The same study links being overweight or obese, living in deprived areas and having been admitted to hospital to higher risk – while for Asian people, the risk is lower.
“Increasing age was also linked with having persistent symptoms, with the risk rising by 3.5% with each decade of life,” Imperial College adds.
Children and young people are also affected. Researchers at University College London studying long COVID in 11- to 17-year-olds.
How many people might be living with long COVID?
The REACT study suggests that a third of people who developed coronavirus went on to experience long COVID.
In the UK, around one million people – 1.6% of the population – were experiencing self-reported long COVID at the beginning of May, according to an estimate from the Office for National Statistics (ONS), the UK’s national statistics agency.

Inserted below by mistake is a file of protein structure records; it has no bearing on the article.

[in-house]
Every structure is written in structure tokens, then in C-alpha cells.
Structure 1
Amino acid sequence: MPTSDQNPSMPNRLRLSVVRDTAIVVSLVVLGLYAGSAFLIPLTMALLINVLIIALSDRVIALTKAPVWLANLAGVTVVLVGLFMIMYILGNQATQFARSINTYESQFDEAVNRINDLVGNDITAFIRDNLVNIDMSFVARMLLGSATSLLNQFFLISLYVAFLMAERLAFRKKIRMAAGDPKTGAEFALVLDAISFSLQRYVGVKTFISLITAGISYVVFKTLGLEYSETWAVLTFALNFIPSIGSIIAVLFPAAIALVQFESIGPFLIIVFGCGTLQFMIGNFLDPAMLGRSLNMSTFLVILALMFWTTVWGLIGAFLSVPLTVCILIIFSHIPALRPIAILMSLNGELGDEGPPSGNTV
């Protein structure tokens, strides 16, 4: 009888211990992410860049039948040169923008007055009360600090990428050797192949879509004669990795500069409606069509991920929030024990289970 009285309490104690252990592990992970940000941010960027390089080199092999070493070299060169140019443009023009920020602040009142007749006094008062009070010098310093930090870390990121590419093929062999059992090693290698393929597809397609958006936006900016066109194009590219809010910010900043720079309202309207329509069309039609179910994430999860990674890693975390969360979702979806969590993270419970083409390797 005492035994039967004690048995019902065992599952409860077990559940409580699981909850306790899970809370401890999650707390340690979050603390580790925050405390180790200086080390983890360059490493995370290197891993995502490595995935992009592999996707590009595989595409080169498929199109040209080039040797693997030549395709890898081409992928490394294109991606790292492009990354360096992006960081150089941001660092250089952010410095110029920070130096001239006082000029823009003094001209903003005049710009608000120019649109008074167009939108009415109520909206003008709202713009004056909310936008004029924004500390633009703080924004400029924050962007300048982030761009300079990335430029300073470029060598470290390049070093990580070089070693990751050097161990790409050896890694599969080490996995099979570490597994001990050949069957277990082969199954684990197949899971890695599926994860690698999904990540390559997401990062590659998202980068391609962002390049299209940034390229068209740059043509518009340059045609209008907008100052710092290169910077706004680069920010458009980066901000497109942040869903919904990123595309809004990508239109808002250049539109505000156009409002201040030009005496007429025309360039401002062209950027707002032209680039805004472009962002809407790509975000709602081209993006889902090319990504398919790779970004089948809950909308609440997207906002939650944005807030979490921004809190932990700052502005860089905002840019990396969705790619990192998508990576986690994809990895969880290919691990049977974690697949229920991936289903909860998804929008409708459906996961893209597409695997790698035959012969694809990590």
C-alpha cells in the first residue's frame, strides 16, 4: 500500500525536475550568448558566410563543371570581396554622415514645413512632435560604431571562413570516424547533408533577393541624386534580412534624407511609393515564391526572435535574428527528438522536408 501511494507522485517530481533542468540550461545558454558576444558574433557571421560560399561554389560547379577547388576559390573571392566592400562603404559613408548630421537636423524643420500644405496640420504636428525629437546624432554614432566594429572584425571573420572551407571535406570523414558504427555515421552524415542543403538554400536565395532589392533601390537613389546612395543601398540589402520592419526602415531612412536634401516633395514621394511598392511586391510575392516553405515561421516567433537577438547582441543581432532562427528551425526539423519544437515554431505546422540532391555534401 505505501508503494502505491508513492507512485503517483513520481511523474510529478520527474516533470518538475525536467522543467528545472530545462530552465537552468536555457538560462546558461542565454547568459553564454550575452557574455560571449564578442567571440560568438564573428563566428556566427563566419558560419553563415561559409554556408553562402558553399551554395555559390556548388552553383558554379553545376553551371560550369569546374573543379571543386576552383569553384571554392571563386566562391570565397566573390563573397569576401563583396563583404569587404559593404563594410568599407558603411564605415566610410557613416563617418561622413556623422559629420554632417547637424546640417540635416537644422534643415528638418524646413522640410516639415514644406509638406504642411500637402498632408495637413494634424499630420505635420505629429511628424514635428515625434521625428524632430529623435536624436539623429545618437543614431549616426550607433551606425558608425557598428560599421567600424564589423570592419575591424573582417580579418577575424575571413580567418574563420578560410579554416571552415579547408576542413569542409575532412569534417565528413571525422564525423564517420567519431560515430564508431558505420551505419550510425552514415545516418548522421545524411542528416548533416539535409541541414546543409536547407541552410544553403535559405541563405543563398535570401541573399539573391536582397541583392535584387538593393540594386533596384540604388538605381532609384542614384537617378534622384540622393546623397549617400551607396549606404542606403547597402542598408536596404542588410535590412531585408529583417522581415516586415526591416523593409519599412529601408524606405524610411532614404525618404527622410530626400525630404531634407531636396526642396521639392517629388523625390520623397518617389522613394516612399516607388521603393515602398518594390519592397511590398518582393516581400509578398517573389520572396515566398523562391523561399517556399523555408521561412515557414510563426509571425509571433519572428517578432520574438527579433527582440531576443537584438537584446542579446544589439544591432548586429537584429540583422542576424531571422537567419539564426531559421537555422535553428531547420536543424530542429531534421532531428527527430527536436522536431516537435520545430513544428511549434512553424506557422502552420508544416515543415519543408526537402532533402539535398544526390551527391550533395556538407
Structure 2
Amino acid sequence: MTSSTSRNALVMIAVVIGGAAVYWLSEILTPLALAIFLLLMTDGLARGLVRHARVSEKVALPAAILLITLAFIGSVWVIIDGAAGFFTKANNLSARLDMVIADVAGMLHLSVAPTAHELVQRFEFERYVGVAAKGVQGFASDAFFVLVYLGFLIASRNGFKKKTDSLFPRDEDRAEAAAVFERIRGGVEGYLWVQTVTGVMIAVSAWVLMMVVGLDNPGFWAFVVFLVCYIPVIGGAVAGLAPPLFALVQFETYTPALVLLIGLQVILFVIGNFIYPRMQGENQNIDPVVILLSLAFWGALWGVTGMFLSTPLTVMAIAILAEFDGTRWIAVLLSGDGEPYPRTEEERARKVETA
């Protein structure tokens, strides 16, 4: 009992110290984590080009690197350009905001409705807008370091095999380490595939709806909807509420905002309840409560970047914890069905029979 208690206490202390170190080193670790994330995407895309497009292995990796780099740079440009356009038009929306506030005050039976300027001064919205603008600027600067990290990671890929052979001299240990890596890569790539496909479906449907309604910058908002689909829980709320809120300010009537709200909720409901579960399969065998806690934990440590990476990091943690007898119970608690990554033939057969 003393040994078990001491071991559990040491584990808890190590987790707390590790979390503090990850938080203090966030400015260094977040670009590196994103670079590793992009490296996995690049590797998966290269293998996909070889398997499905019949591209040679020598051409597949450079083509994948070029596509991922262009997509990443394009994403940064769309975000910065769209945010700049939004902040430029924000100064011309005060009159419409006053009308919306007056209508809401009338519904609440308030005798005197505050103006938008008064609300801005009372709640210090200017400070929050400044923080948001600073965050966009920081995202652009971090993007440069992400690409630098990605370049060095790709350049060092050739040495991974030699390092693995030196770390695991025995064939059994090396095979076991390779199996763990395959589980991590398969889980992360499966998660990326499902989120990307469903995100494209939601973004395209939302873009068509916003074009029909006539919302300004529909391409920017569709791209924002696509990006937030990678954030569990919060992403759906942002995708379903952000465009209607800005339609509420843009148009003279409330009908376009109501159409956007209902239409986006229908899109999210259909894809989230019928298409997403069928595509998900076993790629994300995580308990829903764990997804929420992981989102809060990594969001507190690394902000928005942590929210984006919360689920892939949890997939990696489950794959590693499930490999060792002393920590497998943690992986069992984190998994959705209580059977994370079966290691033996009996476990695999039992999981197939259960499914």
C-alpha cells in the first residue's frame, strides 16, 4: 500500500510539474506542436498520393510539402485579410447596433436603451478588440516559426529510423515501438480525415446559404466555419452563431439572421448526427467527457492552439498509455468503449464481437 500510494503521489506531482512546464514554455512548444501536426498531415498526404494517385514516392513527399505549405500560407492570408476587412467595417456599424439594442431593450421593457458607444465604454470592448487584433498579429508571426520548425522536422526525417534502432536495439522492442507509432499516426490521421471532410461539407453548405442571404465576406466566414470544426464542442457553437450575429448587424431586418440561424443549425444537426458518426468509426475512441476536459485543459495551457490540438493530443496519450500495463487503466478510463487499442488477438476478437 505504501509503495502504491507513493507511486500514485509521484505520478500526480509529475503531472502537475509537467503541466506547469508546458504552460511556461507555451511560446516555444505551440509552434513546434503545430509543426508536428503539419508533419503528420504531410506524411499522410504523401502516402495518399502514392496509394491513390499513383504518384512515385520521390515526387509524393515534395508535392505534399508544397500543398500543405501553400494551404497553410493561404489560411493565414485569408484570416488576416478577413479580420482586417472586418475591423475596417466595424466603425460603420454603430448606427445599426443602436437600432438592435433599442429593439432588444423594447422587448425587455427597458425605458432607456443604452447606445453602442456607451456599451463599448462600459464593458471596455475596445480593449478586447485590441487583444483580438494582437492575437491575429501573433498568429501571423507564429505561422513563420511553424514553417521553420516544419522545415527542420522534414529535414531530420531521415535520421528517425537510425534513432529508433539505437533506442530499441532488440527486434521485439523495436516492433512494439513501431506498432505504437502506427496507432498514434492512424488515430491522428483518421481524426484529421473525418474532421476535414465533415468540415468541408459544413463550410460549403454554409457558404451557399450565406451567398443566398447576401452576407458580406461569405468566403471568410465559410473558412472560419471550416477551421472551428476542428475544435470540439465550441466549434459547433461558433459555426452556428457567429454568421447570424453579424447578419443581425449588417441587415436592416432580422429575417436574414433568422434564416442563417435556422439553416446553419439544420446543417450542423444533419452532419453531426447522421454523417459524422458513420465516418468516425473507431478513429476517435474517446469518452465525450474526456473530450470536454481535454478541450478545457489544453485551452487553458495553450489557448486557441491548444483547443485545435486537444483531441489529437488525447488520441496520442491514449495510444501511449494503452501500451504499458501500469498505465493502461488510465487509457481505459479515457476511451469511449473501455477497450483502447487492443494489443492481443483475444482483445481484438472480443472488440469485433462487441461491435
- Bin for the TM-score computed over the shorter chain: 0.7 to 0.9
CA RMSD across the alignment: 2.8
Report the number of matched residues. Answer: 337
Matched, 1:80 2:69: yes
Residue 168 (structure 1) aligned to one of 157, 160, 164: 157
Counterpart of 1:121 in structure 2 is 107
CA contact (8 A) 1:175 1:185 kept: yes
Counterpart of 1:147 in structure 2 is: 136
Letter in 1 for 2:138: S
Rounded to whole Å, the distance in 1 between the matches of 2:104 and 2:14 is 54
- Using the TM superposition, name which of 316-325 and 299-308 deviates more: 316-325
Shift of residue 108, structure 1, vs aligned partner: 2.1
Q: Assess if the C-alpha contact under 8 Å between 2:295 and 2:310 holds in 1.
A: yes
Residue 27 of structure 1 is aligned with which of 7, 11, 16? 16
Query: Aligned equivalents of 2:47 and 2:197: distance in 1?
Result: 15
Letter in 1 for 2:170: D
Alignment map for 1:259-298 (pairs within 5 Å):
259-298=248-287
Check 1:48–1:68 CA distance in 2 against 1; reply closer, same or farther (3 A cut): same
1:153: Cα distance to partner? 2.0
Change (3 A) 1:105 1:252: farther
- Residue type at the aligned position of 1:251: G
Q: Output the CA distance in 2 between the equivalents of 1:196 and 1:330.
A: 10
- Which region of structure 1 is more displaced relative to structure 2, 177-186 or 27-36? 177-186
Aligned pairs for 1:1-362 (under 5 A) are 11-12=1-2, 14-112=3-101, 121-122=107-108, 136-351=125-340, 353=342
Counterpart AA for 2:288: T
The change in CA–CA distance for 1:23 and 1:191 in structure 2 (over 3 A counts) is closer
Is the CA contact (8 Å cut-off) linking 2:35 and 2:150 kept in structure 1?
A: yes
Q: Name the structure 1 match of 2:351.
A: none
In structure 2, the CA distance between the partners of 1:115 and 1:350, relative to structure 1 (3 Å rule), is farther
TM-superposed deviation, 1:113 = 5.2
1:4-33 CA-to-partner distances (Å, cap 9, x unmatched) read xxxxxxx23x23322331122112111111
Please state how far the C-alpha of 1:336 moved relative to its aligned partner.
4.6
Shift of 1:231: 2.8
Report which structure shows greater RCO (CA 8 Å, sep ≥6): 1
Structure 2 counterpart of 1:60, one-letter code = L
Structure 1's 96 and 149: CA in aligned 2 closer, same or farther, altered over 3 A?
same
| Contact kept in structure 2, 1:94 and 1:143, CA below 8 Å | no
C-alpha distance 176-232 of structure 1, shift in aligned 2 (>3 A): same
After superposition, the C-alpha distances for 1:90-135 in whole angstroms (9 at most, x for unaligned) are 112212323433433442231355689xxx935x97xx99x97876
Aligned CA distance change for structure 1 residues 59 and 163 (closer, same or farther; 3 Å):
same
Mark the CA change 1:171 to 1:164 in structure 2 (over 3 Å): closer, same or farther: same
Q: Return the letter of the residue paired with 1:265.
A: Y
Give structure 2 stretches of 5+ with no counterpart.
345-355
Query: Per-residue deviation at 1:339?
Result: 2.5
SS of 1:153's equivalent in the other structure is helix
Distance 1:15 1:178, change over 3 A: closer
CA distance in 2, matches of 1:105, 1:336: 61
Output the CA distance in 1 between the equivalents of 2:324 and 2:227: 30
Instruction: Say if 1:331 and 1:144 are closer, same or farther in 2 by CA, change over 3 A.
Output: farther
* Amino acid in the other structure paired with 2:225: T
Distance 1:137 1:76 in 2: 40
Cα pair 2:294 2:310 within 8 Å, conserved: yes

It started analyzing data on self-reported long COVID in April.
For 376,000 people, long COVID symptoms have lasted more than a year. This is a huge jump from the 70,000 people reporting long COVID symptoms of more than a year at the start of March 2021.
Are there any treatments for long COVID?
A study of more than 800 people by advocacy group LongCovidSOS suggests that COVID-19 vaccination might help reduce long COVID symptoms. However the research is yet to be peer reviewed.
They may be referred to a specialist rehabilitation service for specific symptoms. This can include physical, psychological and psychiatric support.